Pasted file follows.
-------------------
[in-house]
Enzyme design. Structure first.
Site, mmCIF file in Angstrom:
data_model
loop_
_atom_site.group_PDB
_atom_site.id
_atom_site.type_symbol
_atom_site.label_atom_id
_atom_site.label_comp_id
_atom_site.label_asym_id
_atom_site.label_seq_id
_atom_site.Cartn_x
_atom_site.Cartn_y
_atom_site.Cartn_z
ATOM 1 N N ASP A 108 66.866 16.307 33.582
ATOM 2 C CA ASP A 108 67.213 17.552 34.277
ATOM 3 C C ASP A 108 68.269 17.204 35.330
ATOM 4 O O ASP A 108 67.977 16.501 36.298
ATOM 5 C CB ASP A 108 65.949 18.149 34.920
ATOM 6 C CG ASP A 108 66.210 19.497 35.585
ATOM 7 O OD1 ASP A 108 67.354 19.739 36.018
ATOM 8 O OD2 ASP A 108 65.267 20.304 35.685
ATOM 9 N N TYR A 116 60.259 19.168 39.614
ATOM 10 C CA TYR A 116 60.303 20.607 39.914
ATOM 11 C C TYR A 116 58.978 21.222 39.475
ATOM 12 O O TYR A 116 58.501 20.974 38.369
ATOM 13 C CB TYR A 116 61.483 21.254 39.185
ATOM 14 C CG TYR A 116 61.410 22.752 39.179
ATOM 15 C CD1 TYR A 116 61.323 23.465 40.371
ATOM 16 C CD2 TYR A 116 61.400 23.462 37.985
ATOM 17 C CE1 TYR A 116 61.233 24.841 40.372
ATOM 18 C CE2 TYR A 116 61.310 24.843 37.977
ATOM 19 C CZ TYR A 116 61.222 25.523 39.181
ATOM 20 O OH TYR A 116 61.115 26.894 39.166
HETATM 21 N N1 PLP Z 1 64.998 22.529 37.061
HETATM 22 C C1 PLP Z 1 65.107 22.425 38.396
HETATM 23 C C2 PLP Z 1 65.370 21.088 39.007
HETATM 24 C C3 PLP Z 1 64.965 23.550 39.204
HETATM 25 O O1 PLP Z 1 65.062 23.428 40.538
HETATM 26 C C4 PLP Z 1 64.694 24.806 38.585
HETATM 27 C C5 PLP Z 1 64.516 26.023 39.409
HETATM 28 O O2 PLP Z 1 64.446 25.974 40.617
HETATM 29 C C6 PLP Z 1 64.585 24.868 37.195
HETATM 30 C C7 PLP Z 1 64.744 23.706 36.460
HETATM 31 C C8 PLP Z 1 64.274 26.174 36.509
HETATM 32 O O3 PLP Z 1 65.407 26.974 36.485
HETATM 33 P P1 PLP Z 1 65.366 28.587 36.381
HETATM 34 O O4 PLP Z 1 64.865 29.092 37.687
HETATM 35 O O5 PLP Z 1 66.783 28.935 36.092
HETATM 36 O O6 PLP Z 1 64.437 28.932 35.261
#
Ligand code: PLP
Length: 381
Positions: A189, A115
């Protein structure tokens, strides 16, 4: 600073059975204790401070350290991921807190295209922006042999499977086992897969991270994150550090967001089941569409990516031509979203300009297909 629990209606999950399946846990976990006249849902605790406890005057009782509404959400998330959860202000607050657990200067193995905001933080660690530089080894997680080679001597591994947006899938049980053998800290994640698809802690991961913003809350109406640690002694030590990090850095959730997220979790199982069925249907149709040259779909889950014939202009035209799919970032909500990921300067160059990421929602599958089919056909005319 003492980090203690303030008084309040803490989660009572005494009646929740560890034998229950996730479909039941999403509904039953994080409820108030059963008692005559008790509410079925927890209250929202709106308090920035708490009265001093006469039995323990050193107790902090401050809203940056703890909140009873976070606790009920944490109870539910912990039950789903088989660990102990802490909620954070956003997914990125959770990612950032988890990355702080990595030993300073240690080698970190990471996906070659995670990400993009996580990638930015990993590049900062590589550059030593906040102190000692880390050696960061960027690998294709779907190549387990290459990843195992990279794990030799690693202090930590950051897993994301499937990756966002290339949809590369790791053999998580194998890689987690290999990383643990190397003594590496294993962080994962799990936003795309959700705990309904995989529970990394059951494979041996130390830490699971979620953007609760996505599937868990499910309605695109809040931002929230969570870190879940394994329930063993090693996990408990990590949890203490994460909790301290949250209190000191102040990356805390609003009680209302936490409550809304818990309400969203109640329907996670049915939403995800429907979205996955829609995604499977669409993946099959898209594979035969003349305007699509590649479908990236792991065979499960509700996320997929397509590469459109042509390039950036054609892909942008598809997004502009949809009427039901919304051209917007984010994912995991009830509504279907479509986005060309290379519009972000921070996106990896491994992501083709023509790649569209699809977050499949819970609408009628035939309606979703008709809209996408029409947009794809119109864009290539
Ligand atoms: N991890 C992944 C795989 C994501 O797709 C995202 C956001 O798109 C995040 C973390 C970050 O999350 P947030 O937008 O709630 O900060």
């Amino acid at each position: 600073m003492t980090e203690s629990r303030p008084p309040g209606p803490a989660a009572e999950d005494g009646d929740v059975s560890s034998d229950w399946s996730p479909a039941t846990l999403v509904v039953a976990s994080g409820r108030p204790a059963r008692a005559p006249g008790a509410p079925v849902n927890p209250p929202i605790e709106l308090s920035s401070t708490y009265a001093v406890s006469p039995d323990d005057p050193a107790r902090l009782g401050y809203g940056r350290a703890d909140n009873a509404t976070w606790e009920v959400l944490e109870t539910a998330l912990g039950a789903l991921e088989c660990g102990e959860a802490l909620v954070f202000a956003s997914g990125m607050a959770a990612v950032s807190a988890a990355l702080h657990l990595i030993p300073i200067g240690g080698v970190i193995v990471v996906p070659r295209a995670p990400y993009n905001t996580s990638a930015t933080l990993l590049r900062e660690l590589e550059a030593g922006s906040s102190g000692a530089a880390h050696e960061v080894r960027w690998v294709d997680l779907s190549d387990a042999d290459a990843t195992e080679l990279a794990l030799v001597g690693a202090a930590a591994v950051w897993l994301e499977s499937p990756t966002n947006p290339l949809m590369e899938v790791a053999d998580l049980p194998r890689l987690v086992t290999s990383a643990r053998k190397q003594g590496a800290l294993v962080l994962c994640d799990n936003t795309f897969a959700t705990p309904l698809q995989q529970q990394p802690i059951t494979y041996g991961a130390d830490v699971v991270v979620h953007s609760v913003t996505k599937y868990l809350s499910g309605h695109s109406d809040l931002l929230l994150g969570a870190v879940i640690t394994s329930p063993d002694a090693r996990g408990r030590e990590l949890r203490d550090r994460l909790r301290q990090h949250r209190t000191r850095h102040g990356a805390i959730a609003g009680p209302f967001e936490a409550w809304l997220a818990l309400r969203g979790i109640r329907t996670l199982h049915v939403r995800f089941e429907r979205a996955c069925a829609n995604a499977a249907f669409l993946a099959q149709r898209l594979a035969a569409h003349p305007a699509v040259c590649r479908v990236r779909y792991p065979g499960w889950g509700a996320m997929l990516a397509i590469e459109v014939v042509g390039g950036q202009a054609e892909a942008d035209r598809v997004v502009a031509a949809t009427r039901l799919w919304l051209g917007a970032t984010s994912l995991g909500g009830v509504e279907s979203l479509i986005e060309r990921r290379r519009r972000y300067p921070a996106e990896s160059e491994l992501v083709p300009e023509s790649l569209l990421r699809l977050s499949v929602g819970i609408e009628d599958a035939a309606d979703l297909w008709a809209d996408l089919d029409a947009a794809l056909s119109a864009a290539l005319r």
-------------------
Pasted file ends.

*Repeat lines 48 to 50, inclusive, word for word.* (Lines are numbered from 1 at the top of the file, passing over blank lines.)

HETATM 33 P P1 PLP Z 1 65.366 28.587 36.381
HETATM 34 O O4 PLP Z 1 64.865 29.092 37.687
HETATM 35 O O5 PLP Z 1 66.783 28.935 36.092